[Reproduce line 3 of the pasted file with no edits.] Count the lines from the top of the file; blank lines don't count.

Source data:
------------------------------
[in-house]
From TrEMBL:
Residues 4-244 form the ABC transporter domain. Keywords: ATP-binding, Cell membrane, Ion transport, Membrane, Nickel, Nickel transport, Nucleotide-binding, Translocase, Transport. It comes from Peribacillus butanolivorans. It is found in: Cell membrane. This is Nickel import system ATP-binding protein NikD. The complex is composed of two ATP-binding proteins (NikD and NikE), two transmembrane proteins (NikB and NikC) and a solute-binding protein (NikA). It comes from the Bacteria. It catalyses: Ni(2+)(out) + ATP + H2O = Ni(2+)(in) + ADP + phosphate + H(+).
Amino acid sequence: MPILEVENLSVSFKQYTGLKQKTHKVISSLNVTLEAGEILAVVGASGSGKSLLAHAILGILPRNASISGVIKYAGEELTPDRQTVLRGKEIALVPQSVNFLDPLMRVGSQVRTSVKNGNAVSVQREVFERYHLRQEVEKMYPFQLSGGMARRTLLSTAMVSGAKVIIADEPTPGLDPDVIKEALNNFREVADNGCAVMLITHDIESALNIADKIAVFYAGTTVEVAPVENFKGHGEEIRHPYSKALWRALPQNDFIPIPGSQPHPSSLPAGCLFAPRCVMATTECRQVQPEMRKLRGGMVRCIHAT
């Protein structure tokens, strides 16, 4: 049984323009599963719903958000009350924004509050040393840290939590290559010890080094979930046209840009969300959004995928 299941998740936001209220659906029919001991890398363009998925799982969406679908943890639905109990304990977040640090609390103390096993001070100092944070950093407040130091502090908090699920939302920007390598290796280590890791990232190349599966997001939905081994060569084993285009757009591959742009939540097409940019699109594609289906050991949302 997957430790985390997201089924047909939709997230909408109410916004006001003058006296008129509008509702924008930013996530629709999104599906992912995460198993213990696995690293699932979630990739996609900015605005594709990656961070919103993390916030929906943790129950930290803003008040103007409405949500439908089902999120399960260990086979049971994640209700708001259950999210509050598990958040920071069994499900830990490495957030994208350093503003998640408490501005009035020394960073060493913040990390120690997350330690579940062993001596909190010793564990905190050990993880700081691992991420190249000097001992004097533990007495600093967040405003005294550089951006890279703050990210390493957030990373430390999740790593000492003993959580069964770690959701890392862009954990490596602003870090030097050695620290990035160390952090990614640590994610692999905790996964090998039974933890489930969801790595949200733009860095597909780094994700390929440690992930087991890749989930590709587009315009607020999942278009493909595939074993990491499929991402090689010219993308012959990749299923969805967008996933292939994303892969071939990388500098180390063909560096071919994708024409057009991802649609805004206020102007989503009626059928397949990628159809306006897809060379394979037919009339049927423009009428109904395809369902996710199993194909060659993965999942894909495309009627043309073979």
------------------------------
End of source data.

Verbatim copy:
Residues 4-244 form the ABC transporter domain. Keywords: ATP-binding, Cell membrane, Ion transport, Membrane, Nickel, Nickel transport, Nucleotide-binding, Translocase, Transport. It comes from Peribacillus butanolivorans. It is found in: Cell membrane. This is Nickel import system ATP-binding protein NikD. The complex is composed of two ATP-binding proteins (NikD and NikE), two transmembrane proteins (NikB and NikC) and a solute-binding protein (NikA). It comes from the Bacteria. It catalyses: Ni(2+)(out) + ATP + H2O = Ni(2+)(in) + ADP + phosphate + H(+).